3. I have followed this case reasonably closely, and I don’t think Naghmeh’s behavior or statements makes much sense. For example, she said “the abuse started early in their marriage and has worsened during Saeed’s imprisonment”. Maybe I’m missing something, but I don’t see how he could have increased the abuse while he was imprisoned in Iran.

            In Saeed’s case, I don’t have much evidence to lean any direction. So, I am supposing he is reasonably innocent, but not making a final judgment on him. Nor am I making a final judgment on her.

          2. OKRickety,

            In order to suspend judgment, you have to make the judgment that she is lying about Saeed and the abuse. The court record bolsters the point that she is telling the truth. It is external documentation. Is it possible that it is as you suggest–a heated argument that got the police involved? Perhaps.

            He still plead guilty, though. He made that choice to not fight it. One of the consequences of such a choice is that people will believe that he committed that which he agreed he committed–i.e. domestic assault. I do not think it is fair to insist outsiders assume he just lied–i.e. it wasn’t really domestic assualt–about the situation to get off easy.

            That’s how I see it. We may have different takes on the matter, and that is fine.


          3. “In order to suspend judgment, you have to make the judgment that she is lying about Saeed and the abuse.”

            No, you don’t! You can and should suspend judgment until you have sufficient evidence to be certain that the accused is guilty. Instead, you are assuming Naghmeh is being absolutely truthful, and that Saeed is guilty of all of her charges. In the Old Testament, two witness were required to get a guilty judgment. I don’t think there is but one witness testifying of Saeed’s guilt.

            In the USA, the judicial system uses the principle that the accused is considered innocent unless proven guilty. This is also regarded as an international human right under the UN’s Universal Declaration of Human Rights, article 11.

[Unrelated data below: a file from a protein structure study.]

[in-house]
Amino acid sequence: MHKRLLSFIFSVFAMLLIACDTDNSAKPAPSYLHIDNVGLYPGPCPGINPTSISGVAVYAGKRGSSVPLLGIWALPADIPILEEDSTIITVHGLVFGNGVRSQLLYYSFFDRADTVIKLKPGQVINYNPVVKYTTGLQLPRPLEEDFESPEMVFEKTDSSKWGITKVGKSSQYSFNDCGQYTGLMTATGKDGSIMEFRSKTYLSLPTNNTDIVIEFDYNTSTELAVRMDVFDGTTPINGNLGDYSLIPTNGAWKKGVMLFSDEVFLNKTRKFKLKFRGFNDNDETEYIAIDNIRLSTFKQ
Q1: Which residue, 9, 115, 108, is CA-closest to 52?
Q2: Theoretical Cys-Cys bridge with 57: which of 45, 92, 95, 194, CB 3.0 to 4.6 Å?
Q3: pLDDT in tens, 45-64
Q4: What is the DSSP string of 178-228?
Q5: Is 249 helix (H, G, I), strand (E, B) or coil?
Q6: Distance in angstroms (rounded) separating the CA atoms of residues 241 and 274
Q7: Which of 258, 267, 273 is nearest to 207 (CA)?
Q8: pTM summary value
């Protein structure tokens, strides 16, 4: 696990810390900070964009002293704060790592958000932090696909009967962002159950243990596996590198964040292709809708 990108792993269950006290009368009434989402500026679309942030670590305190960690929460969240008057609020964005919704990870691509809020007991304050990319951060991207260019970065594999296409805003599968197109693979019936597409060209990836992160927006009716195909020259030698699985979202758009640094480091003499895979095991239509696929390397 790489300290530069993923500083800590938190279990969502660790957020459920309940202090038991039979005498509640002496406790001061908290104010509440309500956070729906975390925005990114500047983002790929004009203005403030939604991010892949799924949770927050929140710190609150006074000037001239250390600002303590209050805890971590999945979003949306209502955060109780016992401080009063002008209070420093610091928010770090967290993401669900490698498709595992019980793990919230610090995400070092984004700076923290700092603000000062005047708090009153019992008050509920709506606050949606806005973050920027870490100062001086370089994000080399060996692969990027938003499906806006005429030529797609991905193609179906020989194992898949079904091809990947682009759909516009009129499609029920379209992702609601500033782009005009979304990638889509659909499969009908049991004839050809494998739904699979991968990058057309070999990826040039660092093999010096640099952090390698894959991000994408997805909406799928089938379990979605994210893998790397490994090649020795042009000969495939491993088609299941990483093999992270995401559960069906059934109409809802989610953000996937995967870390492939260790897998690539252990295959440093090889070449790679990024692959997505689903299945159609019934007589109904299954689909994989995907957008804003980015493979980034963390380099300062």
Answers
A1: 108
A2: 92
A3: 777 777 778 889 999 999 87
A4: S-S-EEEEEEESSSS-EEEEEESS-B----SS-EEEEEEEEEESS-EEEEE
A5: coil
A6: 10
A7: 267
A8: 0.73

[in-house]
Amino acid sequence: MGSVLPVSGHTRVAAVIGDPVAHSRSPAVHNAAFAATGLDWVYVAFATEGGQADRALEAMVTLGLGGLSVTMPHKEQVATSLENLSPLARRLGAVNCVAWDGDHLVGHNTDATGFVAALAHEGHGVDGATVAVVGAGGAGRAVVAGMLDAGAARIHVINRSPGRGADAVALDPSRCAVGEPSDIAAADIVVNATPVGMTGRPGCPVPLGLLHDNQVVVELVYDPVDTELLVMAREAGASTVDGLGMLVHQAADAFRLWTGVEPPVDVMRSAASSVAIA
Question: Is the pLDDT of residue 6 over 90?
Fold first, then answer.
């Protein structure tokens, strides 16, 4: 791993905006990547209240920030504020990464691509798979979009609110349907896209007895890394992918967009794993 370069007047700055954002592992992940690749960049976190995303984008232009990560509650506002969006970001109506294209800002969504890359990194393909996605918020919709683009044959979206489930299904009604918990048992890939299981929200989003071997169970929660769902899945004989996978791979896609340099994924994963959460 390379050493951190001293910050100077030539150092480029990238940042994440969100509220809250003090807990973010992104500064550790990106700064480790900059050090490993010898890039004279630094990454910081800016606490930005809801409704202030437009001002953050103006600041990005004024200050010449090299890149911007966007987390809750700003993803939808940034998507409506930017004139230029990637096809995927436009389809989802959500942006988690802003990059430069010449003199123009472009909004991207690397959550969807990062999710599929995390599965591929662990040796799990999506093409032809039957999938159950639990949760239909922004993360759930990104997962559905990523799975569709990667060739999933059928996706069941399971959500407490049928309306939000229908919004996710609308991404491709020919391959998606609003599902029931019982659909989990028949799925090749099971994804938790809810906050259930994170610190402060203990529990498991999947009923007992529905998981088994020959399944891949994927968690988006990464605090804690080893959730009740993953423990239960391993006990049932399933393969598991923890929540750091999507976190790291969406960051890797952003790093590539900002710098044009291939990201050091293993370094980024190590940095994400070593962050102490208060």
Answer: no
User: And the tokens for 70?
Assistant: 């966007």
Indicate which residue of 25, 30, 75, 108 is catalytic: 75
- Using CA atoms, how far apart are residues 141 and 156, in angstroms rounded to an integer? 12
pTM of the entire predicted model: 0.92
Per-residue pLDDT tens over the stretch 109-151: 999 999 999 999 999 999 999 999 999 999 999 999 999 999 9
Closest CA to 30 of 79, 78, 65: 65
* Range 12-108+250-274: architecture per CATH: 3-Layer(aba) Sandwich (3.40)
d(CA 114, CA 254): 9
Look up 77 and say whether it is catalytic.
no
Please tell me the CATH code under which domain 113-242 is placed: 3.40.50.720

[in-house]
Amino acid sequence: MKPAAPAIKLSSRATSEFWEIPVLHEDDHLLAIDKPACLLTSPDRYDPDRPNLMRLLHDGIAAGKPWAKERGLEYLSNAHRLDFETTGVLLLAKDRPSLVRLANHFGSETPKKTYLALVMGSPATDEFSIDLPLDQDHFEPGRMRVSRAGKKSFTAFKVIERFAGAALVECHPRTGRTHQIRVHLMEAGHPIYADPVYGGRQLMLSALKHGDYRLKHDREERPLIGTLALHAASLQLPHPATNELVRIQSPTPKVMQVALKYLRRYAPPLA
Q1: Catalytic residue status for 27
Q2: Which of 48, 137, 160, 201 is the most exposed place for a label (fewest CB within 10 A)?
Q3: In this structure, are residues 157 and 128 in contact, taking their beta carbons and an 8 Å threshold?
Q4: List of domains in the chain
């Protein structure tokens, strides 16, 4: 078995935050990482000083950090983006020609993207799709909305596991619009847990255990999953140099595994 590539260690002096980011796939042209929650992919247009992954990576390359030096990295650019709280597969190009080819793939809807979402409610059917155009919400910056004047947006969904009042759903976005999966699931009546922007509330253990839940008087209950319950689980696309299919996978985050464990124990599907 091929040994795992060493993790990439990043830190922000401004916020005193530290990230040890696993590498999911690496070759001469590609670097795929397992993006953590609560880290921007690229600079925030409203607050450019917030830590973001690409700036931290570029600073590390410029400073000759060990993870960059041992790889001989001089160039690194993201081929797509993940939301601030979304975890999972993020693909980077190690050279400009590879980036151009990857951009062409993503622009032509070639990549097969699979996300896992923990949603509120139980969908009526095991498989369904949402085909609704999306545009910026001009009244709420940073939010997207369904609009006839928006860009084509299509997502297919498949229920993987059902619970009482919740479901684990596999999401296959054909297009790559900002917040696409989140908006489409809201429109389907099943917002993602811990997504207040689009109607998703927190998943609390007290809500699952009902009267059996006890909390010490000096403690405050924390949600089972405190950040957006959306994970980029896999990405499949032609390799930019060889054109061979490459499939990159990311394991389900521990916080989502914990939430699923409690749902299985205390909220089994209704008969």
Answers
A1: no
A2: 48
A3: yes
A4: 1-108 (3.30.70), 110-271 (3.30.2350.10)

I am not willing to judge that Saeed is guilty of any of her claims of abuse until if and when there is sufficient evidence. He may be guilty, or he may be innocent, but I don’t know, and I’m reasonably certain that you don’t know either.

            Similarly, I am not willing to judge that Naghmeh is lying about the abuse until if and when there is sufficient evidence. She may be lying, or she may be telling the truth, but I don’t know, and I’m reasonably certain that you don’t know either.

            Right now, other than the one documented court case of Domestic Assault, there is no evidence of his abuse, and the only evidence was Naghmeh’s statements . Regardless of what you or others have experienced or heard about other marriages where abuse did occur, that does not prove anything about her other accusations.

            The responses supporting Naghmeh remind me of a documentary I recently watched on ESPN. It details what happened when a woman accused members of the Duke lacrosse team of rape in 2006. To summarize, her claims were believed, the three accused were presumed guilty without evidence by almost everyone, until finally the “evidence” was presented, and, after much hard work by the defense, it was shown that the accusation was false and charges were dropped.

            It’s almost 2 hours long, but I expect anyone who watches it would become quite leery of presuming guilt based on stereotypes and their expected behavior. It is called “Fantastic Lies” and can be viewed at
            It’s really quite a frightening look at how it is possible for someone to be railroaded in the US judicial system, and how difficult it is to get out of that situation.